|Alumnus Allgood accepts visiting fellow position at UNC|
|June 27, 2013|
Greg Allgood, PhD, Gillings School alumnus and recently retired director of Procter and Gamble's Children's Safe Drinking Water Program, has accepted a position as a visiting distinguished fellow at UNC's Global Research Institute, based in the FedEx Global Education Center. He also will become vice president of World Vision's water program.
Allgood worked at P&G for 27 years. In 2004, he took on leadership of the newly conceived CSDW program, helping develop a water purification powder that made clean drinking water a surety for millions of families in the developing world. The program recently delivered their six billionth liter of clean water - formally presented by Chelsea Clinton to a family in rural Myanmar.
A powerful personal advocate for clean drinking water, Allgood developed a number of partnerships to advance the cause, including at The University of North Carolina at Chapel Hill. In January, he and a group of celebrities and others climbed Mt. Kilimanjaro, in Tanzania, to raise awareness about water issues. He posed on the mountain top with the logos of P&G and the University.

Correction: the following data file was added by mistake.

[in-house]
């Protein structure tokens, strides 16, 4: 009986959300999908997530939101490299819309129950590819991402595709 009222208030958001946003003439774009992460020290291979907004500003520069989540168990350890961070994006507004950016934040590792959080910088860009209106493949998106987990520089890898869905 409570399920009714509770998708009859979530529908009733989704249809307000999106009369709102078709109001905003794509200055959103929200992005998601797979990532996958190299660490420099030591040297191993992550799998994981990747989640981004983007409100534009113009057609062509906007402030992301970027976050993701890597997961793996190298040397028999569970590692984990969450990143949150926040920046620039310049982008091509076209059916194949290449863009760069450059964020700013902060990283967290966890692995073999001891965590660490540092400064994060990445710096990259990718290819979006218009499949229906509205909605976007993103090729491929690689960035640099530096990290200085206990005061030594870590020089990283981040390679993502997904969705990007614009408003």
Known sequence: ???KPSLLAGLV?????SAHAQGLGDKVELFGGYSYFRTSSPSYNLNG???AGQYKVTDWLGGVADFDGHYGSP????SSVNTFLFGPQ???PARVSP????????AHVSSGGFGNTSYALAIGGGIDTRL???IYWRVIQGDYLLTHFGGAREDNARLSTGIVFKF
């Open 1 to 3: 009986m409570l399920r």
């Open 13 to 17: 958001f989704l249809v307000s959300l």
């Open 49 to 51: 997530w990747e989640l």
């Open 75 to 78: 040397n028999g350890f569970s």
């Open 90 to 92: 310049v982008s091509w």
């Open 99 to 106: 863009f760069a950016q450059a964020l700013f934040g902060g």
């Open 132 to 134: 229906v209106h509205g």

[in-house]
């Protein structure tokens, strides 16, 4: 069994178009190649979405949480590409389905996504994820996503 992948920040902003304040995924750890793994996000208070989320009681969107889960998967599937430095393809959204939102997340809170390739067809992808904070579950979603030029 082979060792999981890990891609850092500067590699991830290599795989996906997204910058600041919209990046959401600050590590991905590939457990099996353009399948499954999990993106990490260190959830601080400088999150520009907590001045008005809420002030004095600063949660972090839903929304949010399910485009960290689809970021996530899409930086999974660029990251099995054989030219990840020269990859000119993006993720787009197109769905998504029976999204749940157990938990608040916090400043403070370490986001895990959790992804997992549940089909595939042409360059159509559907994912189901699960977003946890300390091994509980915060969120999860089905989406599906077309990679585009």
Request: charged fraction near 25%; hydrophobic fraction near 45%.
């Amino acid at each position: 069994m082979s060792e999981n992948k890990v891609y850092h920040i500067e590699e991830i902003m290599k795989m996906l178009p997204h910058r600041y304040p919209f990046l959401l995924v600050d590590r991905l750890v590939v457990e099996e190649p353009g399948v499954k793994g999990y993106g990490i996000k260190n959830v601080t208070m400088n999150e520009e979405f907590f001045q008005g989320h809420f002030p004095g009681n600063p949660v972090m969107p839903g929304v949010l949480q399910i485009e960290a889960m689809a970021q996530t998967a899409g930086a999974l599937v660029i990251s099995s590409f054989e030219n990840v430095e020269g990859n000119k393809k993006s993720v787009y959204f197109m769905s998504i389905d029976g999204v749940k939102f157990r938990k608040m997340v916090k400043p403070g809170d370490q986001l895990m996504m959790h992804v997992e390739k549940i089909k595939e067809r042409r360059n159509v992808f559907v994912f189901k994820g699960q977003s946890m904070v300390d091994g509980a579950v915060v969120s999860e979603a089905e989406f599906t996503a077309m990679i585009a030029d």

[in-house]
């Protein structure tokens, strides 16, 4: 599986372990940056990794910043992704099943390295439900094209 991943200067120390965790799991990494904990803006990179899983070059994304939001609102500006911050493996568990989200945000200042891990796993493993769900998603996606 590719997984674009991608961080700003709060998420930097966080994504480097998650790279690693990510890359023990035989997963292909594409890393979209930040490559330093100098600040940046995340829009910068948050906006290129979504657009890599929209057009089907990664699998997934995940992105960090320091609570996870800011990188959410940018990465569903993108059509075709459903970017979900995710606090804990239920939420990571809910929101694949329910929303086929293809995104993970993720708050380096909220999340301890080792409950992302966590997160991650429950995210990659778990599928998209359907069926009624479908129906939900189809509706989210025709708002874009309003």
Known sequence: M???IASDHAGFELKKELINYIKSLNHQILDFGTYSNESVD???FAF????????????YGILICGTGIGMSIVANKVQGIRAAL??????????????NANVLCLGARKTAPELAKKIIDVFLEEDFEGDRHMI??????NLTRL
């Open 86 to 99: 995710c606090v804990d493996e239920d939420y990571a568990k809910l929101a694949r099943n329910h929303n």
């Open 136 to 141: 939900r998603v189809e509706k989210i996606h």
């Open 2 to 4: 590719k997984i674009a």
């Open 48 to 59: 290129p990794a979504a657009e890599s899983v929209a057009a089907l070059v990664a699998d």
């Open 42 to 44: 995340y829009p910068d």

"On behalf of P&G, I want to thank UNC for being such a great partner in helping address the global water crisis," Allgood said at that time. "I was thinking of my friends at UNC all the way, including at the peak."
Allgood's work dovetails well with UNC's two-year water theme, which integrates awareness about water issues into various academic and artistic venues on the campus and encourages interdisciplinary innovations to solve water-related challenges around the world.
'Greg's work has helped inspire many of our students," said Jamie Bartram, PhD, Holzworth Distinguished Professor of environmental sciences and engineering at the Gillings School and director of The Water Institute at UNC. "We look forward to collaborating with him even more closely in his new role at the University."
Allgood received Bachelor of Science and Master of Science in Public Health degrees from Gillings School of Global Public Health, in 1981 and 1983, respectively.
|Last updated June 27, 2013|